The future landscape around this issue includes the collision of the seemingly competing purposes of the ACA. Those purposes include fiscal preservation of the Medicare trust fund, reduction of Medicare spending, no annual lifetime limits on health care, guaranteed issue of health care coverage, and no denial for preexisting conditions. This collision potentially creates the perfect storm of the government bolstering enforcement of Section 111 reporting and, consequently, conditional payment reimbursement as more people are insured under the ACA.
Certainly, the conclusion that CMS may heighten MSP enforcement as a result of the ACA remains to be seen. The situation as it exists now can be compared to an earthquake; the claims industry is anticipating the aftershock. Other implications that have been researched, debated, and speculated on include the future costs, claims shifting onto the property and casualty industry, and the mitigation of future damage awards (see “The Ripple Effect” by Ruth Estrich in the August 2014 edition of Claims Management magazine and “Can the Affordable Care Act Be Used to Mitigate Future Damages?” by Jack Hipp and Caryn L. Lilling in the Winter 2014 edition of Litigation Management magazine).
The ACA and MSAs
Another industry debate centers on whether the ACA circumvents the need for an MSA. The proposition is that, since the ACA guarantees medical coverage and there are no denials for coverage based upon preexisting conditions, the workers’ compensation claimant may use ACA coverage to fund future medicals. Therefore, an MSA in a workers’ compensation claim (or liability claim, for that matter) may be unnecessary.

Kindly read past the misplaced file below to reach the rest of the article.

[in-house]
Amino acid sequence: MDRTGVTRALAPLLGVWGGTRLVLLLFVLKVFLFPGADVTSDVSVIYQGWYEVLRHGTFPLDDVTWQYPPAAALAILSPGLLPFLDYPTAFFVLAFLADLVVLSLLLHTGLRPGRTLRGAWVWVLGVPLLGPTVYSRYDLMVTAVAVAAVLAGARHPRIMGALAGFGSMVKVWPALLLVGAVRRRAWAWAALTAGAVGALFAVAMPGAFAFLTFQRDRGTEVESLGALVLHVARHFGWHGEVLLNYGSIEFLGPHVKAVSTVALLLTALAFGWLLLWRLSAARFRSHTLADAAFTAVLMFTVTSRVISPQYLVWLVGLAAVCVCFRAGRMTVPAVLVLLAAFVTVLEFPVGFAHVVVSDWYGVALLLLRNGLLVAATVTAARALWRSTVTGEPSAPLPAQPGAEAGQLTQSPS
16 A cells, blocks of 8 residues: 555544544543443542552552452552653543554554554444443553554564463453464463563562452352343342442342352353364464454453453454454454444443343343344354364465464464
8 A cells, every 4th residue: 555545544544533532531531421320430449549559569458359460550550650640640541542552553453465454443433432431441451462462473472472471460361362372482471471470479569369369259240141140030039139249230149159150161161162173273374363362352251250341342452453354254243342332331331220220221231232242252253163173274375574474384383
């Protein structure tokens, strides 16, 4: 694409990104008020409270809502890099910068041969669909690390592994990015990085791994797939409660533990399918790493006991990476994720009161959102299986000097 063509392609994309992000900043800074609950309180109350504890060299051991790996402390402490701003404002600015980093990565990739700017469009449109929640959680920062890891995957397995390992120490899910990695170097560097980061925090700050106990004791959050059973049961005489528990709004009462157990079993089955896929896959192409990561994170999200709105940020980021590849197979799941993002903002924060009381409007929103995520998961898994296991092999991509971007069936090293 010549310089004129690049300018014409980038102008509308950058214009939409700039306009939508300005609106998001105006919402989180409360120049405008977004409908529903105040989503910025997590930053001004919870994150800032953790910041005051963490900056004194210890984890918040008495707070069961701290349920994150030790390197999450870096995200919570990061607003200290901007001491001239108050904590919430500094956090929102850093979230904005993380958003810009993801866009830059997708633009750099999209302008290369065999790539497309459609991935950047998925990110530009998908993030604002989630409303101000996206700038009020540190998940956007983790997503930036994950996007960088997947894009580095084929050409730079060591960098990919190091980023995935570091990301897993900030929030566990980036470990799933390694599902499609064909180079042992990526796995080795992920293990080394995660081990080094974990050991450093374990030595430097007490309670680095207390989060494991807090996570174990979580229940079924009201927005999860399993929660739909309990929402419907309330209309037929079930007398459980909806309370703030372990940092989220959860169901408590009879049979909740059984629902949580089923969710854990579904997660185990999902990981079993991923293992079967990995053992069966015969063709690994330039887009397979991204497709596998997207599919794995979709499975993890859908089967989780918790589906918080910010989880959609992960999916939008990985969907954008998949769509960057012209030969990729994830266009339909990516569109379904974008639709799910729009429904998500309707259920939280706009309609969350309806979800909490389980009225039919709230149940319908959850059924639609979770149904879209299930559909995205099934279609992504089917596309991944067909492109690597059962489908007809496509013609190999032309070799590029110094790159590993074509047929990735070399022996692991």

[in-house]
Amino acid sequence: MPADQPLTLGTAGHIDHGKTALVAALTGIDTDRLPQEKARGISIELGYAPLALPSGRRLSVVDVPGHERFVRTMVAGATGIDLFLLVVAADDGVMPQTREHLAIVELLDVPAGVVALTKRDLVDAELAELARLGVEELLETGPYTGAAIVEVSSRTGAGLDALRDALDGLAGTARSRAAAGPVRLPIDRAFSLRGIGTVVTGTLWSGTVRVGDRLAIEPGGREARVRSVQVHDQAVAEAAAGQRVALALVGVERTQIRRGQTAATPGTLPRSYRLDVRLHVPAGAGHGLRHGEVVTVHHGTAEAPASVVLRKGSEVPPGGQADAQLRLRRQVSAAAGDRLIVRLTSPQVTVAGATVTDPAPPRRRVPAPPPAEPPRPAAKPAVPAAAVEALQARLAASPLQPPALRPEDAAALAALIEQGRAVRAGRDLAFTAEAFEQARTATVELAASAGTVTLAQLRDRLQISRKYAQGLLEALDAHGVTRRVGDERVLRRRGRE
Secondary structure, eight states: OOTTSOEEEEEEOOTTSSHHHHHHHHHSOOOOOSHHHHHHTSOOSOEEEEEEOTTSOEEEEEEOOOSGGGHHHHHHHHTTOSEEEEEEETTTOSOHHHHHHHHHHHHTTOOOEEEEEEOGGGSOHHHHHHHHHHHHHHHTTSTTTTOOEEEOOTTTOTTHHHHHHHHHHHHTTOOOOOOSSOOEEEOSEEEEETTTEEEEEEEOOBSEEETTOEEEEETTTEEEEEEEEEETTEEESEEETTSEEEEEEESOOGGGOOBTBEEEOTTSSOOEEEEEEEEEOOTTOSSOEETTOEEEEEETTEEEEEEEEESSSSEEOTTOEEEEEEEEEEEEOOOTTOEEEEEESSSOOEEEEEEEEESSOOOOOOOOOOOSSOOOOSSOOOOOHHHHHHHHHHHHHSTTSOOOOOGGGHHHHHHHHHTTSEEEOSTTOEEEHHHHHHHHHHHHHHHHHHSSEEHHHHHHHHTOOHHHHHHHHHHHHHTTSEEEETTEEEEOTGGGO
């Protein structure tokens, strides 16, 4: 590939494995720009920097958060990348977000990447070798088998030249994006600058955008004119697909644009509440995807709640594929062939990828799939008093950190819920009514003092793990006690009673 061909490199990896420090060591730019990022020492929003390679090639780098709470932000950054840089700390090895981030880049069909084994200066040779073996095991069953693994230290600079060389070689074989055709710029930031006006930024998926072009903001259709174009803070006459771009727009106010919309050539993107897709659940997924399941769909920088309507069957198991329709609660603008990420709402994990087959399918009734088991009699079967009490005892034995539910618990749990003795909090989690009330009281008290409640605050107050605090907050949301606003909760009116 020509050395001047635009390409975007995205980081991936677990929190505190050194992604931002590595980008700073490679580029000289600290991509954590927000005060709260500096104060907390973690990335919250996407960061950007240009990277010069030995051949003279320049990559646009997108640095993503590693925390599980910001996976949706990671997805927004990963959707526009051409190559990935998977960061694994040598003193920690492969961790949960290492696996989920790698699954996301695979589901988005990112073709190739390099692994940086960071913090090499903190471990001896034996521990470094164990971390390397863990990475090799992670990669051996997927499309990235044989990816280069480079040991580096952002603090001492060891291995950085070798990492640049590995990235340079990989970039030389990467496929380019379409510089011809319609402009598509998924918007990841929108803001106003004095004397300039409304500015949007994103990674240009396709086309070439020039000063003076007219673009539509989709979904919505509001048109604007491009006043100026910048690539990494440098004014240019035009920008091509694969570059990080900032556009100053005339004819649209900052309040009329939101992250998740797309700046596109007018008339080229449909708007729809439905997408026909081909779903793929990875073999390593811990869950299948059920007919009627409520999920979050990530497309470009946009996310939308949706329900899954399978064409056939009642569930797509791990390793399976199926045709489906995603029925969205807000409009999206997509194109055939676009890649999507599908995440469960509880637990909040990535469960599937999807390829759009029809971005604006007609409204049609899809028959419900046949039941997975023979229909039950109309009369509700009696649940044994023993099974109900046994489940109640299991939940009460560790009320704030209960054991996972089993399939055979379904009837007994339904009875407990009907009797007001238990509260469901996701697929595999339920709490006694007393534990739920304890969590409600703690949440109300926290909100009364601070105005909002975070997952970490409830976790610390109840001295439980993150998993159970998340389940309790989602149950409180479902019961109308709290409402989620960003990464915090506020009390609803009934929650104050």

That argument harkens back to when MSAs first came on the scene in workers’ compensation claims. Claimants would agree to sign an affidavit or other agreement promising to use their own or their spouse’s private health care coverage to fund future medical costs related to a claim rather than using Medicare. The fallacy in that argument, however, lies in the fact that no contract can prevent claimants from exercising their legal right to enroll in the Medicare program. At that time, private health insurance benefits carried an element of uncertainty. For example, if the claimant or a spouse lost private health insurance benefits, coverage for future medicals no longer would be available. Consequently, an MSA still would be necessary for the protection of Medicare’s future interests.
Like Section 111 and conditional payment reimbursement, the ACA neither addresses nor changes MSA guidelines. Early controversy surrounding the ACA’s implementation included Medicare beneficiaries’ fears that they would lose coverage. To allay those fears, Medicare assured beneficiaries through its website, Medicare.gov, that the Health Insurance Marketplace was designed to help those without health coverage and would not affect a beneficiary’s Medicare choices or benefits. CMS also correctly noted that it is, in fact, illegal to sell a Medicare beneficiary a marketplace plan.
In addition, in a related section on the site entitled “The Affordable Care Act and Medicare,” CMS assured Medicare beneficiaries that they did not have to replace their coverage with ACA coverage, that they would receive more preventive services for less, and that the donut hole—the out-of-pocket deductible that must be exhausted before Medicare prescription drug coverage takes effect—would be closed entirely by 2020.